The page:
Amazing Animal Abilities

You might think you're smart, but none of your senses rival the keenest abilities in the animal world. Animals see in the dark, sniff prey miles away, and detect electrical output from muscle twitches in hidden meals. Read on, so you don't become one of those meals.


#10 – Bats


Bats avoid obstacles and nab insects on the wing by emitting ultrasonic squeaks and interpreting the echo the sound waves make after bouncing off objects in the environment. This biological sonar, called "echolocation," is also used by dolphins to navigate murky waters.



#9 – Sharks


Never play hide-and-seek with a shark because you'll lose. Sharks have special cells in their brains that are sensitive to the electrical fields other creatures generate. This ability is so refined in some sharks that they can find fish hiding under sand by the weak electric signals their twitching muscles emit.


#8 - Boa


Temperature-sensitive organs located between the eyes and nostrils of boas and pit vipers allow the snakes to sense the body heat of their prey. There is one located on each side of the snakes' head, so the animals can perceive depth and strike with deadly accuracy even in complete darkness.



#7 – Hummingbirds


The eyes of insects and birds are attuned to wavelengths of light outside the visible range that humans see in. Birds that appear drab to us are often radiant in colors we donet even have names for when seen in near-ultraviolet light. Telescopes like Hubble make ultraviolet images, which are colorized by technicians so we can enjoy them.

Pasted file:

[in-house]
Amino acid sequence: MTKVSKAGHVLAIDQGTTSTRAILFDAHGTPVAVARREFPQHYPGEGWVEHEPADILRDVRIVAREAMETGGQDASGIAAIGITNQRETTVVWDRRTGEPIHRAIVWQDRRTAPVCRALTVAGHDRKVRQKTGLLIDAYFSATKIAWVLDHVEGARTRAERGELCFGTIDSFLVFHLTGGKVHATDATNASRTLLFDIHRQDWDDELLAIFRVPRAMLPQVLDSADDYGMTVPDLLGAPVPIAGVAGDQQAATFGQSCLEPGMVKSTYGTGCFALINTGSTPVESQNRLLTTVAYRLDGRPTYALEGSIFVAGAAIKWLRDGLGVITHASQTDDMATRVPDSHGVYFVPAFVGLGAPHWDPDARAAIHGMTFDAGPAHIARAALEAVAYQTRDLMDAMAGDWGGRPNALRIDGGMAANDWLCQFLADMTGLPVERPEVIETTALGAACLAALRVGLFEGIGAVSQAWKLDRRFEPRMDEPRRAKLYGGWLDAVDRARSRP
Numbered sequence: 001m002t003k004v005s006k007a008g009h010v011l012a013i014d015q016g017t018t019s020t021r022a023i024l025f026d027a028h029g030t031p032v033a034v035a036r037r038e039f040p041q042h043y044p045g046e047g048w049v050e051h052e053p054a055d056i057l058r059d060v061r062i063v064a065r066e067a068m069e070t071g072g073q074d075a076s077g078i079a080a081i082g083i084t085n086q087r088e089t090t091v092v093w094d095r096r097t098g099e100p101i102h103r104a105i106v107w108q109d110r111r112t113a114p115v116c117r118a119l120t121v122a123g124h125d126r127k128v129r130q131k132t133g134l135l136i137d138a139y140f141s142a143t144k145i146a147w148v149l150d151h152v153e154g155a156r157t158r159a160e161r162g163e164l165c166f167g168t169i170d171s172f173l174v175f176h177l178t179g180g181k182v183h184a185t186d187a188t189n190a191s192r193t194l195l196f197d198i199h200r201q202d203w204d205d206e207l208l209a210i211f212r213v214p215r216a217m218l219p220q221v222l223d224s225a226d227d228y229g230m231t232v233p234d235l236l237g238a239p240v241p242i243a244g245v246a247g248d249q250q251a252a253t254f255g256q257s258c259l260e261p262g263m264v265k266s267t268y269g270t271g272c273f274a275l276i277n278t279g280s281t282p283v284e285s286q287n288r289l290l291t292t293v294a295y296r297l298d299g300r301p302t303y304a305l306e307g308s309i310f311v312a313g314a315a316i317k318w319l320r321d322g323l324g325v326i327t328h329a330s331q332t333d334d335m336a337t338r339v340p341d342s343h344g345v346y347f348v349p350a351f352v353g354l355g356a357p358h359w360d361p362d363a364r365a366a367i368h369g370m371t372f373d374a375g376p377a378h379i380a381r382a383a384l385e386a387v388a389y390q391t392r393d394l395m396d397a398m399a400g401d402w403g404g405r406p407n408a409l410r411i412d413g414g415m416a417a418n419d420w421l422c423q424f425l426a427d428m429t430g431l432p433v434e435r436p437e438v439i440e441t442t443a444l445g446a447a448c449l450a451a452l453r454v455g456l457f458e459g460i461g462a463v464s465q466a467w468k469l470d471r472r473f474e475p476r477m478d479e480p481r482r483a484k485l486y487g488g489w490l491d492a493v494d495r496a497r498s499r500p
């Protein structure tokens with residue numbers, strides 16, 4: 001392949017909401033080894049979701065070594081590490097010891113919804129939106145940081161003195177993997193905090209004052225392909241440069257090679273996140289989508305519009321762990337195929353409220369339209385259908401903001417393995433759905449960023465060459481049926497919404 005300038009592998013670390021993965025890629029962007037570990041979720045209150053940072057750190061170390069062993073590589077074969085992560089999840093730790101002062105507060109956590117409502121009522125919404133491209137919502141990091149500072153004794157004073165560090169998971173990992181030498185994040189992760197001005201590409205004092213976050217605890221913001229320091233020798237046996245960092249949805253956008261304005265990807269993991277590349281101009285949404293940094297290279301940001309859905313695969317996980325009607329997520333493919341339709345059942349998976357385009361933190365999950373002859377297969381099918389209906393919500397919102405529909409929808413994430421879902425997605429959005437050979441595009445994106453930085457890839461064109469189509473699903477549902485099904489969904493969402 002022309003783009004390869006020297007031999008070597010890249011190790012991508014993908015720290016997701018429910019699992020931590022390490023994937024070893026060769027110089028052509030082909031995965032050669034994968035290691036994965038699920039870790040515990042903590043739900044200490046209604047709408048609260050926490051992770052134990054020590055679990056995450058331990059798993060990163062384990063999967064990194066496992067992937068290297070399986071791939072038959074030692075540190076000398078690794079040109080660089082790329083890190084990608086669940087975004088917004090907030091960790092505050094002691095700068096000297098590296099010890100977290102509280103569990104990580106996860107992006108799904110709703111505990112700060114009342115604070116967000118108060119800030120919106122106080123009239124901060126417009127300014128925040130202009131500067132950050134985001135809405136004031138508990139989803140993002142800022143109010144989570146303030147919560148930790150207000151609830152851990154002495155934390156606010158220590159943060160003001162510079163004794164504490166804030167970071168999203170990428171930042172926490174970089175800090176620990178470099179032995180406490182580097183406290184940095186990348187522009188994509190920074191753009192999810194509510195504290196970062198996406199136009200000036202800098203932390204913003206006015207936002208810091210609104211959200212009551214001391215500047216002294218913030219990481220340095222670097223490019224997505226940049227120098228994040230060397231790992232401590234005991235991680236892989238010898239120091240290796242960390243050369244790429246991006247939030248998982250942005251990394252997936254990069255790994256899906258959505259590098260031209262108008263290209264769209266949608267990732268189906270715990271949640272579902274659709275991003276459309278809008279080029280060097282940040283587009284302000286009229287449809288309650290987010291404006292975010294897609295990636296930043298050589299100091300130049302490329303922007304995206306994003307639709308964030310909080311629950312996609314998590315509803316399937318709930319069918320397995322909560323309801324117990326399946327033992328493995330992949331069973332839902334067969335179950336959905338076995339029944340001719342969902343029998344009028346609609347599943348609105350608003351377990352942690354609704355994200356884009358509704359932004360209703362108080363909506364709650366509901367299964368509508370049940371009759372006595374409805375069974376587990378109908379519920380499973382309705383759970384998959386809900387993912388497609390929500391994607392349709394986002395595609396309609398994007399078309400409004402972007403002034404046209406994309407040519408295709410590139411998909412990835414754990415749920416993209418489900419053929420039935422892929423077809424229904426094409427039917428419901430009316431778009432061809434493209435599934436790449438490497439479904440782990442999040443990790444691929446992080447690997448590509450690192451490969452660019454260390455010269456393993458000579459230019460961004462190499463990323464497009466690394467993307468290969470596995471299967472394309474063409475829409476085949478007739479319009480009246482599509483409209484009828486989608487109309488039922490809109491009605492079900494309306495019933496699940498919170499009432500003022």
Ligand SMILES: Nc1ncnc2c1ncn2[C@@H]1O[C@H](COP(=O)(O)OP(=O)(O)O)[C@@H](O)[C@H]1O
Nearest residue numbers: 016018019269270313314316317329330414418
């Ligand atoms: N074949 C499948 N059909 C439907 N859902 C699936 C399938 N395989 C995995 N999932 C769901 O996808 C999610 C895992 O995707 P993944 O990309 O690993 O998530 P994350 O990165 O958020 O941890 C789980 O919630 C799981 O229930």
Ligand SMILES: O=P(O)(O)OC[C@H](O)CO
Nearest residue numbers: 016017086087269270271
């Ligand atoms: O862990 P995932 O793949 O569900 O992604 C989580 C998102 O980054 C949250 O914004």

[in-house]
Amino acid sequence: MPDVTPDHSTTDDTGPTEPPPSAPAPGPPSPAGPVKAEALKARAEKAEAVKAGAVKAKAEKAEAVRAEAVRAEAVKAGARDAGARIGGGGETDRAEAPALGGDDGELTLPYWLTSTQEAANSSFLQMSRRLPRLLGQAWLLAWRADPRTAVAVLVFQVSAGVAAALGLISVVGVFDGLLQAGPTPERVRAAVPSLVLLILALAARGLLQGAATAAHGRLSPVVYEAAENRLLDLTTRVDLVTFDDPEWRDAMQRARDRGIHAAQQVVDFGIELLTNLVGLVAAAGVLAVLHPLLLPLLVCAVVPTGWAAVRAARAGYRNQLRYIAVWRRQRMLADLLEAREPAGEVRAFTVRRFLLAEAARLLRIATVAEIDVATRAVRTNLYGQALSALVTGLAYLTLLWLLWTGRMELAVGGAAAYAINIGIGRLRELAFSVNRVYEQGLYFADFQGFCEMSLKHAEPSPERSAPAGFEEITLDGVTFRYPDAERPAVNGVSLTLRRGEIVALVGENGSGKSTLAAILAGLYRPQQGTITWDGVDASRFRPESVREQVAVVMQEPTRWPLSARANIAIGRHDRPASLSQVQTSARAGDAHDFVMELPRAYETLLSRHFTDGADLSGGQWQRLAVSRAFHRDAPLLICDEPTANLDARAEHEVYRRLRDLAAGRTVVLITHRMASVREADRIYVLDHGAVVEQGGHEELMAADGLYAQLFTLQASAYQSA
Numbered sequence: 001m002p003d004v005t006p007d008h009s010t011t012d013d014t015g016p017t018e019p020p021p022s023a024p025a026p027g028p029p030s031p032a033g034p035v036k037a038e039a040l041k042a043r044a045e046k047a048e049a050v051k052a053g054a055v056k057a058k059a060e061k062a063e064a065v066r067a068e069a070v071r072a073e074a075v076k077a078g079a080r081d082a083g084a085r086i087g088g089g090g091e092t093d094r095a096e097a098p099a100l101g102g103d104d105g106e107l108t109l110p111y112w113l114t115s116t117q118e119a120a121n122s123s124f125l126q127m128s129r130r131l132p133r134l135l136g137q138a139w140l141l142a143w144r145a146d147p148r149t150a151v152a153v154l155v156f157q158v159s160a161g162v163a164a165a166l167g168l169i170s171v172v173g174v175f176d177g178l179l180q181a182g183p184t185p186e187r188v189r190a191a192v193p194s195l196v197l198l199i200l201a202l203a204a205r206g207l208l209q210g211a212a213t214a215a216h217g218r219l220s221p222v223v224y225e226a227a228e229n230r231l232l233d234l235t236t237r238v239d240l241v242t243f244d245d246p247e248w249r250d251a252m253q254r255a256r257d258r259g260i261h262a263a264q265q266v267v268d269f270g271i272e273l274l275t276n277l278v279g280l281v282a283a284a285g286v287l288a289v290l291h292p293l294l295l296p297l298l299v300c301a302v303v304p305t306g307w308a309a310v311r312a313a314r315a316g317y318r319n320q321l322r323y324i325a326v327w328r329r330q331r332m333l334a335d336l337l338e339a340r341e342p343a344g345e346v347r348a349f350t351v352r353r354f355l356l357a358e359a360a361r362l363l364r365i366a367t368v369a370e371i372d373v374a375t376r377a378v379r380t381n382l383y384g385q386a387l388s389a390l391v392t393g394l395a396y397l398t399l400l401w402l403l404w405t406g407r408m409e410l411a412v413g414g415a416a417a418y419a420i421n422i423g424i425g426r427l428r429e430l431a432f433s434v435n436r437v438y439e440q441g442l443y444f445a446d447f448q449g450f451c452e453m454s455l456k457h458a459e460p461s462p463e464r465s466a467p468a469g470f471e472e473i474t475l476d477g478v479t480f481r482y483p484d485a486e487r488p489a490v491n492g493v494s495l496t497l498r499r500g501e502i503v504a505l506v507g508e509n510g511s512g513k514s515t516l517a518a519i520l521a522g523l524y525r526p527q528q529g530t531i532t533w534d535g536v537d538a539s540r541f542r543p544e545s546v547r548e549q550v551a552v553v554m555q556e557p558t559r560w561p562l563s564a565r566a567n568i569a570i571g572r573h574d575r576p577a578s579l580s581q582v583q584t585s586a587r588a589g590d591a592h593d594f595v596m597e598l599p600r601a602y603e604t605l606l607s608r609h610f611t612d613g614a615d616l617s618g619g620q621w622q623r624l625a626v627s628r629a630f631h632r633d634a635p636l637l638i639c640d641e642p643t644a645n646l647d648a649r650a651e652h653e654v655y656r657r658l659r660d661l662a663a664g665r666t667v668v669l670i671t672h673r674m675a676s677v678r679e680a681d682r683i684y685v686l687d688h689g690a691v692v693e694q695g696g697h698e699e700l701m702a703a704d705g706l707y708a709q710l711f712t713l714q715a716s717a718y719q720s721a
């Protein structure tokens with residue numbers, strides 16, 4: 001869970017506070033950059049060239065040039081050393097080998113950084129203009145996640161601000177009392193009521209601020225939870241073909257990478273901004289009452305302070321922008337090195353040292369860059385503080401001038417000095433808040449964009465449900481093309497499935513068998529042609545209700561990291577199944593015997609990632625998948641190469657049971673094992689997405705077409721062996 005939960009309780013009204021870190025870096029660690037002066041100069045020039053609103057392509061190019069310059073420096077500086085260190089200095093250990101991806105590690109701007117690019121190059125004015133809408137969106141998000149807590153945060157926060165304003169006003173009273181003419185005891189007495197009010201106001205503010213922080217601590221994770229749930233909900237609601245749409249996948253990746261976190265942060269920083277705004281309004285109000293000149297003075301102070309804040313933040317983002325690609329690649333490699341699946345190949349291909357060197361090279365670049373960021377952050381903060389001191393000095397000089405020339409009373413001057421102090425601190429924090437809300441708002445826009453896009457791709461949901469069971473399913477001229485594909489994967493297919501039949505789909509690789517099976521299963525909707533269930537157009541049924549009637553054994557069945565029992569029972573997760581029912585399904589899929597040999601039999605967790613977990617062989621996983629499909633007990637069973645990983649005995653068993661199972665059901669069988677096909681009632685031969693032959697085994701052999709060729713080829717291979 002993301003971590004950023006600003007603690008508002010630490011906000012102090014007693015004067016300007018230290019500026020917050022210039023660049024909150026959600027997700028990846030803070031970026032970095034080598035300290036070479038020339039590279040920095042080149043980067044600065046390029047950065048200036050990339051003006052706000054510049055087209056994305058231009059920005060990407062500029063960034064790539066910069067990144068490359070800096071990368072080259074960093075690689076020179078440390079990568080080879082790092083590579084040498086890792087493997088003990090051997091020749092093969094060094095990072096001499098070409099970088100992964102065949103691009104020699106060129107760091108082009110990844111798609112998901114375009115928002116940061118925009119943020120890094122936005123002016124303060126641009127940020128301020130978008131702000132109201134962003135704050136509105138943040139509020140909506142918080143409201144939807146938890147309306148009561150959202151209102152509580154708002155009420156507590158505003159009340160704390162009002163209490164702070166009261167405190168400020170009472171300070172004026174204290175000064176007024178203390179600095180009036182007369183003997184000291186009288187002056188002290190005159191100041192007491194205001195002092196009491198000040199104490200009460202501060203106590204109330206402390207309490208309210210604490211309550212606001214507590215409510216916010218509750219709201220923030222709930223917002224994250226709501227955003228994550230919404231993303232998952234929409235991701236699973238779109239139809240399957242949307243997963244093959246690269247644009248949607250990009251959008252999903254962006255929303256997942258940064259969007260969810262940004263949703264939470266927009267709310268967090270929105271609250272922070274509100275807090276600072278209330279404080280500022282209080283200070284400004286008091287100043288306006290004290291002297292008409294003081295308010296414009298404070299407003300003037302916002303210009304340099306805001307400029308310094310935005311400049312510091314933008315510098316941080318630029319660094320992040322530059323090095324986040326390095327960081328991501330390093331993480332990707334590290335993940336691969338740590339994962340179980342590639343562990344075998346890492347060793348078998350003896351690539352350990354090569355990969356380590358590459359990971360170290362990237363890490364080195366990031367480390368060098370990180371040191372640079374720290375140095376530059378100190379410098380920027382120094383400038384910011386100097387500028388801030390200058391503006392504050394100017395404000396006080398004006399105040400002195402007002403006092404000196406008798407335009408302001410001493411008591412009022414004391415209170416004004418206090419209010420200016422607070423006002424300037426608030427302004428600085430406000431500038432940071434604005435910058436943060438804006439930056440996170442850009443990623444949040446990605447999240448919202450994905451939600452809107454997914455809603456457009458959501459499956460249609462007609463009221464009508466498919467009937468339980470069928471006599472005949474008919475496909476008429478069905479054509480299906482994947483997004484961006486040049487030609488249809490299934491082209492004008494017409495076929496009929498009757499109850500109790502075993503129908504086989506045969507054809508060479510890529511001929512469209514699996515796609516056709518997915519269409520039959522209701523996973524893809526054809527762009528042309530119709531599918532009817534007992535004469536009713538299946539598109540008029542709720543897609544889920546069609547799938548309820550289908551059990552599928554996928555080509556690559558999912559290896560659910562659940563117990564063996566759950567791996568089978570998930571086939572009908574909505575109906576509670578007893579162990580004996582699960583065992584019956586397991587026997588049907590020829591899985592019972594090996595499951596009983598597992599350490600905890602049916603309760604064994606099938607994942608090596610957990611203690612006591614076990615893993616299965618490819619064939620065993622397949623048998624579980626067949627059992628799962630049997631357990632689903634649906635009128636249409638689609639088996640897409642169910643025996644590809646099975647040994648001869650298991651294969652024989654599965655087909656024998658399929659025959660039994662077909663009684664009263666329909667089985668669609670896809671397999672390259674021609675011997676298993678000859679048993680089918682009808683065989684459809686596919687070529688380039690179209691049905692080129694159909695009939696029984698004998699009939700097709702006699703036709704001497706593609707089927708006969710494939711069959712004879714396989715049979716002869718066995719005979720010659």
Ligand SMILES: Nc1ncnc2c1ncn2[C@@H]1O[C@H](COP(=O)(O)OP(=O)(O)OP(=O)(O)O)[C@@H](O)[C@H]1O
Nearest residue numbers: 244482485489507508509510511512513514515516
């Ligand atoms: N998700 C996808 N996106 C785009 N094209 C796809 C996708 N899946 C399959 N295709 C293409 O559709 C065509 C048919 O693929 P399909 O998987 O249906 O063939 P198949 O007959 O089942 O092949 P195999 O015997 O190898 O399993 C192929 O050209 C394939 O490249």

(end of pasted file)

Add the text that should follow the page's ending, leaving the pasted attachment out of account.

#6 – Cats


Cats have a mirror-like membrane in the backs of their eyes that lets them hunt and move in almost complete darkness. Called a "tapetum lucidum," the membrane reflects light after it has already traveled through the retina, giving the eyes another chance to nab the photons as they make their second trip.


#5 – Snakes


A snake flicking its forked tongue might look ominous to us, but it's just the animal sniffing its surroundings. A snakes use its tongues to collect particles wafting in the air. The coated tongue is then dipped into special pits in the roofs of the snake's mouth, called Jacobson's organs. There, the odors get processed and translated into electrical signals that are sent to the brain.


#4 – Moths


For moths, the term "love is in the air" is something to be taken literally. The furry insects can detect chemical love signals, called "pheromones," emitted by the opposite sex from up to seven-miles away. Some studies show humans also detect pheromones, but the effect seems to require close encounters.


#3 – Rats


Most rats have poor vision, but they make up for it with the "whiskers on their snouts. They use the long hairs, also called "vibrissae," in the same way that blind people use canes. By whisking the hairs across objects the come across, rats and other rodents form mental pictures of their surroundings.



#2 - Drum Fish


Some fish like this drum fish "hear" using their air bladders. The bladders detect sound vibrations and relay them to the inner ear via a set of bones in the middle ear called the "Weberian apparatus." Hair cells in the inner ear respond to the vibrations and transmit the sound information to the fish's brain.



#1 - Migratory birds


Many birds, especially those that migrate, can use the "Earth's magnetic field to stay their course during long flights. Scientists still aren't sure how they do it, but one recent study suggests birds might have a form of synesthesia that lets them "see" the planet's magnetic lines as patterns of color or light that is overlaid on their visual surroundings. Humans must rely on familiar landmarks or the sun's position to locate North, and many can't even manage that.